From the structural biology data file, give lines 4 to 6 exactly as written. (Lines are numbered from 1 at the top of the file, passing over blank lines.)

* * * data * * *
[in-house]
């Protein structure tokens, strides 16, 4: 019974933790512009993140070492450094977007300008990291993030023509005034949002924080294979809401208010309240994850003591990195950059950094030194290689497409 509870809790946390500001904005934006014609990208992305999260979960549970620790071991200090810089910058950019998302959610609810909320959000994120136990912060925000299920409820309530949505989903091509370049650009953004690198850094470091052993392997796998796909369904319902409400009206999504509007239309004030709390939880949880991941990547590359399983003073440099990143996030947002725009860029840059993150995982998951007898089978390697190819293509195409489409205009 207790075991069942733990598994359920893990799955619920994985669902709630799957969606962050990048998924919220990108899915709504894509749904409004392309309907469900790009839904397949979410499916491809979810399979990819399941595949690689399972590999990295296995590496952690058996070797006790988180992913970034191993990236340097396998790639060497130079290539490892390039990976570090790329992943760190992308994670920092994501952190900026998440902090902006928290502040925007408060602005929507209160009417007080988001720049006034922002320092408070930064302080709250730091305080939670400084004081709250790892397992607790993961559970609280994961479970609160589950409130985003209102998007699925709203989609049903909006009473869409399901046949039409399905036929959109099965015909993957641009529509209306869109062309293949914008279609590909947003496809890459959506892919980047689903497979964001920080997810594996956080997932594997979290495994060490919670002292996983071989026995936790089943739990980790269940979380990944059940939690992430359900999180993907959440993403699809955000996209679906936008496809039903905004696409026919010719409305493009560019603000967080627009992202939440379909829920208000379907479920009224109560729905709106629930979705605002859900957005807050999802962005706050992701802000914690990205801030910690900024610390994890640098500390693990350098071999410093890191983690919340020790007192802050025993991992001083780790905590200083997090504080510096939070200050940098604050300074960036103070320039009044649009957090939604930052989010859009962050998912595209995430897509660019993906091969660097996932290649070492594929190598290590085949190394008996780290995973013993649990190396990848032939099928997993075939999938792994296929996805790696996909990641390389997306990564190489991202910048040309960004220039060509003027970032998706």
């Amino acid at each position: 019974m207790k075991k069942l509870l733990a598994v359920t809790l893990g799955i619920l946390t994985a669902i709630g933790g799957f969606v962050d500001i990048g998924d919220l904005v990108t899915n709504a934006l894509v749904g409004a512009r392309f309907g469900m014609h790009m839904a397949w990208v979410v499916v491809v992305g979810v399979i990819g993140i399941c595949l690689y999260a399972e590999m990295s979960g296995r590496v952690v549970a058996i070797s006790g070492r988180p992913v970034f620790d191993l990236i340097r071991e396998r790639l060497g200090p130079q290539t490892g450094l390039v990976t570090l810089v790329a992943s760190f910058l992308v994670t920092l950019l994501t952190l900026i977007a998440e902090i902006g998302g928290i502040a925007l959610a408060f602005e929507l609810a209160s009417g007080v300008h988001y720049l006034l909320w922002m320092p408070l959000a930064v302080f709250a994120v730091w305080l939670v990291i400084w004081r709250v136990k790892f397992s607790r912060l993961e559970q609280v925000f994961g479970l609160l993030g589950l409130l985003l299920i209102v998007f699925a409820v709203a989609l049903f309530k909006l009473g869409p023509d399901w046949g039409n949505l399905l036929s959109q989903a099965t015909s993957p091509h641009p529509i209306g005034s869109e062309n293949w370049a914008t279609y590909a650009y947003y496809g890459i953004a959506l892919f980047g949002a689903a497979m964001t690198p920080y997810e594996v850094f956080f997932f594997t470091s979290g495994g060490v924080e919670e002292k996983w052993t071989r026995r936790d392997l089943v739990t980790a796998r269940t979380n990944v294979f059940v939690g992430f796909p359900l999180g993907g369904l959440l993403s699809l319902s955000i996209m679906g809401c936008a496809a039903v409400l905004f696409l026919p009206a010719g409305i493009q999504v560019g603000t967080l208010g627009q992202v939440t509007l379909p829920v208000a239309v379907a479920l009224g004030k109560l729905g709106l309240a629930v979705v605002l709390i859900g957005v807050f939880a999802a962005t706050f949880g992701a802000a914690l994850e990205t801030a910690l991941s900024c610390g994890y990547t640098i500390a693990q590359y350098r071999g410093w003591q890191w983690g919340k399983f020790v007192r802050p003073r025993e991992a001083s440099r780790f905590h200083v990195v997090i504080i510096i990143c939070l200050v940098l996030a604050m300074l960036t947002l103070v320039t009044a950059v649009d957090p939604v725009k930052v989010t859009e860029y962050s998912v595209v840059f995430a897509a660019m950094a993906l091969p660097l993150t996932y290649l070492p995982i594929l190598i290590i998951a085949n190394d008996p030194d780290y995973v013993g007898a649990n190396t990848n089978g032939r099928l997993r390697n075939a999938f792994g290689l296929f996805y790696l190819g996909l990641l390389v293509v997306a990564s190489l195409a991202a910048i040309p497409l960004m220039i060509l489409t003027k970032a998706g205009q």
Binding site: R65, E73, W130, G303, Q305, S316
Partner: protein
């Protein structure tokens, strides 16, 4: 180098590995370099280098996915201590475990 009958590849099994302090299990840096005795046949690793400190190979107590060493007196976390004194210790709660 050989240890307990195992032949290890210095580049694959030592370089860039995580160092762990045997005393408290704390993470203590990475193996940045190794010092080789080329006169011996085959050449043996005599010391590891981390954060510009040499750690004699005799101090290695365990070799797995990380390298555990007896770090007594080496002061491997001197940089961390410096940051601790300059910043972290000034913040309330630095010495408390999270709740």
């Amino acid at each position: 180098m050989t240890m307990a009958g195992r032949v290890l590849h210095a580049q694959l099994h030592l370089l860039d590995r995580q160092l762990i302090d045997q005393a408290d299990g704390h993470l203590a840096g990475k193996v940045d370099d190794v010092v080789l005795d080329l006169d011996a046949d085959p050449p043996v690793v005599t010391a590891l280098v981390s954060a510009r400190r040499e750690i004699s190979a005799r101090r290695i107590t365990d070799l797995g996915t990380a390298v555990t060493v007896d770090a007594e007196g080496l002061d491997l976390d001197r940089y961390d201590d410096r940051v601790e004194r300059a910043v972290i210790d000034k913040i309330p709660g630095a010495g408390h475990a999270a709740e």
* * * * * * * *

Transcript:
Binding site: R65, E73, W130, G303, Q305, S316
Partner: protein
């Protein structure tokens, strides 16, 4: 180098590995370099280098996915201590475990 009958590849099994302090299990840096005795046949690793400190190979107590060493007196976390004194210790709660 050989240890307990195992032949290890210095580049694959030592370089860039995580160092762990045997005393408290704390993470203590990475193996940045190794010092080789080329006169011996085959050449043996005599010391590891981390954060510009040499750690004699005799101090290695365990070799797995990380390298555990007896770090007594080496002061491997001197940089961390410096940051601790300059910043972290000034913040309330630095010495408390999270709740």